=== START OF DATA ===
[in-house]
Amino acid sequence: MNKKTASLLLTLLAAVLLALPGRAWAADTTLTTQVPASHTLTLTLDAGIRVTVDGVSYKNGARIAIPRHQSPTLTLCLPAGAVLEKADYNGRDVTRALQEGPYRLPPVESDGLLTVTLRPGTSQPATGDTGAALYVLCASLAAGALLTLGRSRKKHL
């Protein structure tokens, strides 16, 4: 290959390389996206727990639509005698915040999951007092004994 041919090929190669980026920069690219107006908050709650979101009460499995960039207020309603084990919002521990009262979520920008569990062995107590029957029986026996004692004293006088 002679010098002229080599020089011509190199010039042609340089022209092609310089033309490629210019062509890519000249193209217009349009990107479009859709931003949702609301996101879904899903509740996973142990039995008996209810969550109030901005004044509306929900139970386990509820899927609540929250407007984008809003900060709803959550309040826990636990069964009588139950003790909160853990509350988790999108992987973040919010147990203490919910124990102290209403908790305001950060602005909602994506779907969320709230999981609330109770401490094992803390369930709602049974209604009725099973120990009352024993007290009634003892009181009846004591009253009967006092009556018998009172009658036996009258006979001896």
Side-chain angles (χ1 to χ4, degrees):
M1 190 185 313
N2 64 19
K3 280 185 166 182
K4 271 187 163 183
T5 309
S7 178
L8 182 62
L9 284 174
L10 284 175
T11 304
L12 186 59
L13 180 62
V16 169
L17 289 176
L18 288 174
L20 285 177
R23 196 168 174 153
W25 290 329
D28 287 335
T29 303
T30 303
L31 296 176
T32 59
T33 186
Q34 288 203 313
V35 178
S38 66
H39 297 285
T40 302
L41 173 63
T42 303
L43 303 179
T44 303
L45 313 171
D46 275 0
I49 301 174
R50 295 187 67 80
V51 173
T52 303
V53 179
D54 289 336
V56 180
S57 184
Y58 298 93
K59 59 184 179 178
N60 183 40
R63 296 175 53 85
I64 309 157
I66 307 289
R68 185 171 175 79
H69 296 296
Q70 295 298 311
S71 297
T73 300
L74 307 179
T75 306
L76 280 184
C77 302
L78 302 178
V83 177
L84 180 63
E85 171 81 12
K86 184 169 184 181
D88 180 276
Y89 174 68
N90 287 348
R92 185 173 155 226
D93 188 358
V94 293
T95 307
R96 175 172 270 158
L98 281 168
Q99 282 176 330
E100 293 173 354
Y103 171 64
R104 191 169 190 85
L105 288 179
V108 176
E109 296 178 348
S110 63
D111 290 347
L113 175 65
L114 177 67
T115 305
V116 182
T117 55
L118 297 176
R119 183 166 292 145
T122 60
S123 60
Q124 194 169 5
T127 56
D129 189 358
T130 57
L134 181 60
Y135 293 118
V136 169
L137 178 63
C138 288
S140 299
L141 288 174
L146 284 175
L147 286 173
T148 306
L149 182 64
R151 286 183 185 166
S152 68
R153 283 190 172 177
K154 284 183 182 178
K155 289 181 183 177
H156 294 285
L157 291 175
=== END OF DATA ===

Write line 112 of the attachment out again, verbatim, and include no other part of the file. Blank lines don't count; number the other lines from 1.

R153 283 190 172 177